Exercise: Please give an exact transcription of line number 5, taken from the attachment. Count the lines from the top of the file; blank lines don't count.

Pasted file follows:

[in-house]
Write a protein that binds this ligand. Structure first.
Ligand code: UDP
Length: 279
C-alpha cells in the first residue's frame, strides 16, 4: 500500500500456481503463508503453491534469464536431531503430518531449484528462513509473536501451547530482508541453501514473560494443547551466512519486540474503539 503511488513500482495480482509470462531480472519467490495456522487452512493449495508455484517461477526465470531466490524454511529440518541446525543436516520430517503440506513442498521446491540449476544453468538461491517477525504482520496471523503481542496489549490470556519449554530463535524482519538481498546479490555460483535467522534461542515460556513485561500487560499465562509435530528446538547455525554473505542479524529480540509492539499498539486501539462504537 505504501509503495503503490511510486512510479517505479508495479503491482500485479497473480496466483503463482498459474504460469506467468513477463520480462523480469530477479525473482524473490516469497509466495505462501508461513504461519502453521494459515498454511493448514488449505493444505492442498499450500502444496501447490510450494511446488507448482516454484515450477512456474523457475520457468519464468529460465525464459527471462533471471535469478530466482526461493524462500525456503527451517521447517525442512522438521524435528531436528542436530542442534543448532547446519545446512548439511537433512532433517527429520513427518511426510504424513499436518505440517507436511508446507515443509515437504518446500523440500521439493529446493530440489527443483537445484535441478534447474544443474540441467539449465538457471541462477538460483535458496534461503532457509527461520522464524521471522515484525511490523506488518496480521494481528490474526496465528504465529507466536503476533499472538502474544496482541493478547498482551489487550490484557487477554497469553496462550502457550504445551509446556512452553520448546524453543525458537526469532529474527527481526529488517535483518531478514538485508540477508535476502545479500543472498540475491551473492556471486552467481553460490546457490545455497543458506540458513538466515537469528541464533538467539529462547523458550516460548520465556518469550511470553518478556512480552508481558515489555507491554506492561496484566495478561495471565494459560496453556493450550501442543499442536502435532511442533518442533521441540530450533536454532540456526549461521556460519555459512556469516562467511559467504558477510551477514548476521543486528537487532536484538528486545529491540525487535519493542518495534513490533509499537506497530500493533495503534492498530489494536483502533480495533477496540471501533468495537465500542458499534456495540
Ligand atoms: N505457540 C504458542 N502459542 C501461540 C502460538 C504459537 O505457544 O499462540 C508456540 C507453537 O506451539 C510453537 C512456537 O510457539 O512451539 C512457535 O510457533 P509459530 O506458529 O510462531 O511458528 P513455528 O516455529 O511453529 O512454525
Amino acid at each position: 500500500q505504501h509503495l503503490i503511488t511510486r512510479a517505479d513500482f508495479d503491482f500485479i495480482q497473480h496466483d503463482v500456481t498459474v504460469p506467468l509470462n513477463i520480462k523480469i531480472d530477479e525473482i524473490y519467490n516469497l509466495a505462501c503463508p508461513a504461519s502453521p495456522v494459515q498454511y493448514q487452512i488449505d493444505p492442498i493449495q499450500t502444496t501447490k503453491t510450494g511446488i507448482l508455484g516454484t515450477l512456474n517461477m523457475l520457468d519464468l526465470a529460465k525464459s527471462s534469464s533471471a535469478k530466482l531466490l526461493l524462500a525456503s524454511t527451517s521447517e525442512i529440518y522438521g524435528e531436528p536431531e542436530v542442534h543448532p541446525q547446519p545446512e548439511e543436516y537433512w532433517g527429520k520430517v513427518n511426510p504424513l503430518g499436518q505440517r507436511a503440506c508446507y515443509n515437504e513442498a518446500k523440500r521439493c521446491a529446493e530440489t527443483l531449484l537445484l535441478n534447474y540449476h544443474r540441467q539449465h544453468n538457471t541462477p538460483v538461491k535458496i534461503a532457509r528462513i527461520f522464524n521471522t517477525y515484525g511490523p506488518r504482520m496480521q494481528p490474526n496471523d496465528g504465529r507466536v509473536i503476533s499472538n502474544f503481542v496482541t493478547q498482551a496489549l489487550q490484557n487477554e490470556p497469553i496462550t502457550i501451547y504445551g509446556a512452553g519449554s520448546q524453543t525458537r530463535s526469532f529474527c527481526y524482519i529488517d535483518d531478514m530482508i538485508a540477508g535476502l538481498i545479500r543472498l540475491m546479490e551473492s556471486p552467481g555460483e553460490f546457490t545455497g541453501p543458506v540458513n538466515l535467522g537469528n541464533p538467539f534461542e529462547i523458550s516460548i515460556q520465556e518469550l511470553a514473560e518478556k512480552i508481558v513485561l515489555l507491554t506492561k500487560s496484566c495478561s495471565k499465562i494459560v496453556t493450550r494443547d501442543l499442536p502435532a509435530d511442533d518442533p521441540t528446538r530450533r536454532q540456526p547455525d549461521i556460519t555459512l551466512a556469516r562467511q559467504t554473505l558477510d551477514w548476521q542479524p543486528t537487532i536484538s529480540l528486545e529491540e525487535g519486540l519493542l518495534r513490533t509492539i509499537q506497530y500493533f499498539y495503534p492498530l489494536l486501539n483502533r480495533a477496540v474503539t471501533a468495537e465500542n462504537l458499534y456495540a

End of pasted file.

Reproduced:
C-alpha cells in the first residue's frame, strides 16, 4: 500500500500456481503463508503453491534469464536431531503430518531449484528462513509473536501451547530482508541453501514473560494443547551466512519486540474503539 503511488513500482495480482509470462531480472519467490495456522487452512493449495508455484517461477526465470531466490524454511529440518541446525543436516520430517503440506513442498521446491540449476544453468538461491517477525504482520496471523503481542496489549490470556519449554530463535524482519538481498546479490555460483535467522534461542515460556513485561500487560499465562509435530528446538547455525554473505542479524529480540509492539499498539486501539462504537 505504501509503495503503490511510486512510479517505479508495479503491482500485479497473480496466483503463482498459474504460469506467468513477463520480462523480469530477479525473482524473490516469497509466495505462501508461513504461519502453521494459515498454511493448514488449505493444505492442498499450500502444496501447490510450494511446488507448482516454484515450477512456474523457475520457468519464468529460465525464459527471462533471471535469478530466482526461493524462500525456503527451517521447517525442512522438521524435528531436528542436530542442534543448532547446519545446512548439511537433512532433517527429520513427518511426510504424513499436518505440517507436511508446507515443509515437504518446500523440500521439493529446493530440489527443483537445484535441478534447474544443474540441467539449465538457471541462477538460483535458496534461503532457509527461520522464524521471522515484525511490523506488518496480521494481528490474526496465528504465529507466536503476533499472538502474544496482541493478547498482551489487550490484557487477554497469553496462550502457550504445551509446556512452553520448546524453543525458537526469532529474527527481526529488517535483518531478514538485508540477508535476502545479500543472498540475491551473492556471486552467481553460490546457490545455497543458506540458513538466515537469528541464533538467539529462547523458550516460548520465556518469550511470553518478556512480552508481558515489555507491554506492561496484566495478561495471565494459560496453556493450550501442543499442536502435532511442533518442533521441540530450533536454532540456526549461521556460519555459512556469516562467511559467504558477510551477514548476521543486528537487532536484538528486545529491540525487535519493542518495534513490533509499537506497530500493533495503534492498530489494536483502533480495533477496540471501533468495537465500542458499534456495540